11

kmm's answer is correct; I just want to add some of my points on what kind of data should follow Gaussian distribution. Unless you know from observation that a process doesn't follow a Gaussian distribution (e.g., Poisson, binomial, etc.), then it probably does at least well enough for statistical purposes. I won't fault kmm for this statement ...


10

It is correct if (and only if) albinism and Down syndrome are independent events, that is, if albino people is not more nor less likely to have Down syndrome than non albino people (and vice-versa). However, doing a quick Google search I can't find any source relating albinism and Down syndrome, and therefore independence seems a reasonable assumption ...


9

One thing that's certain is that the activity of bees varies according to time of day, so more important than how long you record for is probably at what time you record. If you always record at the same time of day, this should allow a reasonable comparison between results of different days. For example, recording from time 14:30 to 14:35 every day could be ...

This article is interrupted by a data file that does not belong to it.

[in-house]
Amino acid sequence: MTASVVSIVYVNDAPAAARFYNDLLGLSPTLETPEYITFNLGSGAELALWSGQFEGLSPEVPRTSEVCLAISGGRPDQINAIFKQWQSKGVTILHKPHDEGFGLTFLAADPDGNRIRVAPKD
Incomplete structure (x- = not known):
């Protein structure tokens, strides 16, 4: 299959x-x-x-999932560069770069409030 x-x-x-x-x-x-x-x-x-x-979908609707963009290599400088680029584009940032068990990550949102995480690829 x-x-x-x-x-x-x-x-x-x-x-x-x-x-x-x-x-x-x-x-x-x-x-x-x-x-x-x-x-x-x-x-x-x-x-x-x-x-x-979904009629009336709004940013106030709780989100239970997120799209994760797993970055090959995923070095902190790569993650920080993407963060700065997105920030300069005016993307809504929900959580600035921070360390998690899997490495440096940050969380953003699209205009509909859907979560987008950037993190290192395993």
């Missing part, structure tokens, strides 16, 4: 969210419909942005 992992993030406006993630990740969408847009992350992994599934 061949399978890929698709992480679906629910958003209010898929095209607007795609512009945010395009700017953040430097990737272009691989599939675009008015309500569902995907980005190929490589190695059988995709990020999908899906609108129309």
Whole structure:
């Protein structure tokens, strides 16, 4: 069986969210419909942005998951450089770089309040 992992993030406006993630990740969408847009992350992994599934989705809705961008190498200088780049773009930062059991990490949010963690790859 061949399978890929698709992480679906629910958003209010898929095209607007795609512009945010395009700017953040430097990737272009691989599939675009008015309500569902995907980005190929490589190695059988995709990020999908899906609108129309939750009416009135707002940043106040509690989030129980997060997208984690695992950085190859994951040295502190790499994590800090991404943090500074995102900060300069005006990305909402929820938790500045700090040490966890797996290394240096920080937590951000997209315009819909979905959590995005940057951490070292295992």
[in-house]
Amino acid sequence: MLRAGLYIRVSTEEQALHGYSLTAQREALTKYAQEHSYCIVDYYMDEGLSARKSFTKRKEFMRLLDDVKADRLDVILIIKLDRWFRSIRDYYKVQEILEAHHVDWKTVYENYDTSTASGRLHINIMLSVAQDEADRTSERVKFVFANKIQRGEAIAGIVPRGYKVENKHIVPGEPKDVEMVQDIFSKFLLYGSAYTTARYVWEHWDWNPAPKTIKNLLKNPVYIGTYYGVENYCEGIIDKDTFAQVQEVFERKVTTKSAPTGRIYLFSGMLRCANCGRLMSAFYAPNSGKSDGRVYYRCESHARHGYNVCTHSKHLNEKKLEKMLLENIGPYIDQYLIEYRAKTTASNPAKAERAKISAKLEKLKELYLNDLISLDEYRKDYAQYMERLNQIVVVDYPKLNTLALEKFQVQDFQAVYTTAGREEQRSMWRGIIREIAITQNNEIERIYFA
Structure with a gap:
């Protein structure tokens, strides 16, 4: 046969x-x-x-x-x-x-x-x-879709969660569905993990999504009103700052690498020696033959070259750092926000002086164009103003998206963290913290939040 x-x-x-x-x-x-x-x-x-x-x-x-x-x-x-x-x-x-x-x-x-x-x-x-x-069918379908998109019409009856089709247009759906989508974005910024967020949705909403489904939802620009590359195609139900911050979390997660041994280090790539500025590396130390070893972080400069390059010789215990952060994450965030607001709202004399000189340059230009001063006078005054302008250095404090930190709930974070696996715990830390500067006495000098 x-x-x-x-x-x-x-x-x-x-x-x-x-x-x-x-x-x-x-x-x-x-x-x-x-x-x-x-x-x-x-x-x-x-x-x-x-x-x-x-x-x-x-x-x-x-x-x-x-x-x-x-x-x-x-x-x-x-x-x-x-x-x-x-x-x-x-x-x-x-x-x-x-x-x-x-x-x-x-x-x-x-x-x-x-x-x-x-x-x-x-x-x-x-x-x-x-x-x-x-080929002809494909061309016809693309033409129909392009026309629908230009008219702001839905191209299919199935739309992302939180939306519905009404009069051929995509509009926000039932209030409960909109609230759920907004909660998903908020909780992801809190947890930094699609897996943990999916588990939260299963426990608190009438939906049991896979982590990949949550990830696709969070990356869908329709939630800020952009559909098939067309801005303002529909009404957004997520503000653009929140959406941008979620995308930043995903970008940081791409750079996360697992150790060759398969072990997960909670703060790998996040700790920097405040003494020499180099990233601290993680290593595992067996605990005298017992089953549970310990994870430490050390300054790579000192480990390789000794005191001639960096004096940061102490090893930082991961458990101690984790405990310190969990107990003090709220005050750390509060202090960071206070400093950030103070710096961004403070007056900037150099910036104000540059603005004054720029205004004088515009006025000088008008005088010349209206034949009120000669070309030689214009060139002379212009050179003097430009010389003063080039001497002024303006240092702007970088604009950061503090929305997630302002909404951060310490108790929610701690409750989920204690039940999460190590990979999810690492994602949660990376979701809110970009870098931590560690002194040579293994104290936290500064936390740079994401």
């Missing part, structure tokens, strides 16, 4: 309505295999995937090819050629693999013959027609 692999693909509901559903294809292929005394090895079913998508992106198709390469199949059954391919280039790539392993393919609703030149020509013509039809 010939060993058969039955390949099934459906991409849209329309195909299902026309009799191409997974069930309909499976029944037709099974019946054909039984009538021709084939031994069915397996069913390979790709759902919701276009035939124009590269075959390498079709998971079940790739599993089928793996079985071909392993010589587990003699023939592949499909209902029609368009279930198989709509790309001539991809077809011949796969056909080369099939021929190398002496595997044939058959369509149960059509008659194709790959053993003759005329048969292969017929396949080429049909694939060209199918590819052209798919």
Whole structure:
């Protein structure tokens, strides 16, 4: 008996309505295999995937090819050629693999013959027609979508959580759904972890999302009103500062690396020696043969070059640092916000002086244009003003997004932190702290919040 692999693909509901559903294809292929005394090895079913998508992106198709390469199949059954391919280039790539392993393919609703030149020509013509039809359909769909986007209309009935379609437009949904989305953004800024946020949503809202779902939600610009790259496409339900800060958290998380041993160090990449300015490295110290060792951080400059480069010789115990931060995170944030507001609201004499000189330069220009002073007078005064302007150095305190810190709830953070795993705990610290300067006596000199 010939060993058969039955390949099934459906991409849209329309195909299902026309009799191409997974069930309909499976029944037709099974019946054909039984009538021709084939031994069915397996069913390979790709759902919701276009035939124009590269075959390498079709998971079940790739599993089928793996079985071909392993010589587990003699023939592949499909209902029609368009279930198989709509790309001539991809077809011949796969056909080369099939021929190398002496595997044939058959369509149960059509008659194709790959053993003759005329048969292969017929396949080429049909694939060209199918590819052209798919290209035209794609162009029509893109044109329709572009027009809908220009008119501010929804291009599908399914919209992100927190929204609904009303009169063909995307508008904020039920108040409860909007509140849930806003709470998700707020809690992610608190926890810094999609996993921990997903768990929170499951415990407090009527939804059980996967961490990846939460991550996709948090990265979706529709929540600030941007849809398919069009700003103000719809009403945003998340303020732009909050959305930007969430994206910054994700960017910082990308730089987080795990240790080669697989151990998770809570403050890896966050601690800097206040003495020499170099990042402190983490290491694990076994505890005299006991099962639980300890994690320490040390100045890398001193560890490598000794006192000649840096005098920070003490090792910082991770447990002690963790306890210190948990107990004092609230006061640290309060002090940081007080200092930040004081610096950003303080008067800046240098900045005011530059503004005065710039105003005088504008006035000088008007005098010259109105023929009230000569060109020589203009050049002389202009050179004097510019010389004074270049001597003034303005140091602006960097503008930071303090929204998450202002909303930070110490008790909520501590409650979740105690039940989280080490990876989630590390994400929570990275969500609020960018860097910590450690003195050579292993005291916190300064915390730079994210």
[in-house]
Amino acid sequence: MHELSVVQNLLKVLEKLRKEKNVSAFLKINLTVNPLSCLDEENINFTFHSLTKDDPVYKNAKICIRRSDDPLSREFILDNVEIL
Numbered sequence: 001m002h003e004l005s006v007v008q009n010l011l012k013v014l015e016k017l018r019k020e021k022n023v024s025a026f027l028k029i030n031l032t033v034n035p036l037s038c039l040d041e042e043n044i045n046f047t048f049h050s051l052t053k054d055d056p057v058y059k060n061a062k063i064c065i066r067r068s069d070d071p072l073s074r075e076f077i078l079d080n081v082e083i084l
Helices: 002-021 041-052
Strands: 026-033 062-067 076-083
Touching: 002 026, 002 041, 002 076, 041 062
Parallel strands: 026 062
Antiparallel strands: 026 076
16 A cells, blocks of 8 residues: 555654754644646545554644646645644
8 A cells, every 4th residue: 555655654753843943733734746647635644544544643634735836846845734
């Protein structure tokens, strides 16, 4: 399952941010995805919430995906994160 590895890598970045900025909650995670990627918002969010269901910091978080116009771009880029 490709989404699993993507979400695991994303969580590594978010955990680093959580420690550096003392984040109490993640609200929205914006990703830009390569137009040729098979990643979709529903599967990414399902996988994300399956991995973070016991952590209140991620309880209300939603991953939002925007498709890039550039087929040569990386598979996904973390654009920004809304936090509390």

9

Mechanistic model answers the how question. These models are usually biophysically detailed, and designed to be causal. Say you discovered a linear relation between blood pressure drug and heart rate. This would be a statistical model. It doesn't tell you how the two are related biophysically. One could build a detailed model that describes intermediate ...


9

You raise two issues, both of which might be better suited for stats.SE, but I think the questions are suitably biological to warrant an answer here. Do most biological processes follow a Gaussian distribution? Unless you know from observation that a process doesn't follow a Gaussian distribution (e.g., Poisson, binomial, etc.), then it probably does at ...


8

To answer this question in its entirety we have to split it into two questions: What are the underlying mechanisms of carcinogenity? One of the main mechanism behind carcinogenity is the mutagenity of the cancerogens, i.e. the ability to cause mutations, that are abberations of the cell DNA leading to uncontrolled proliferation. This classical paper ...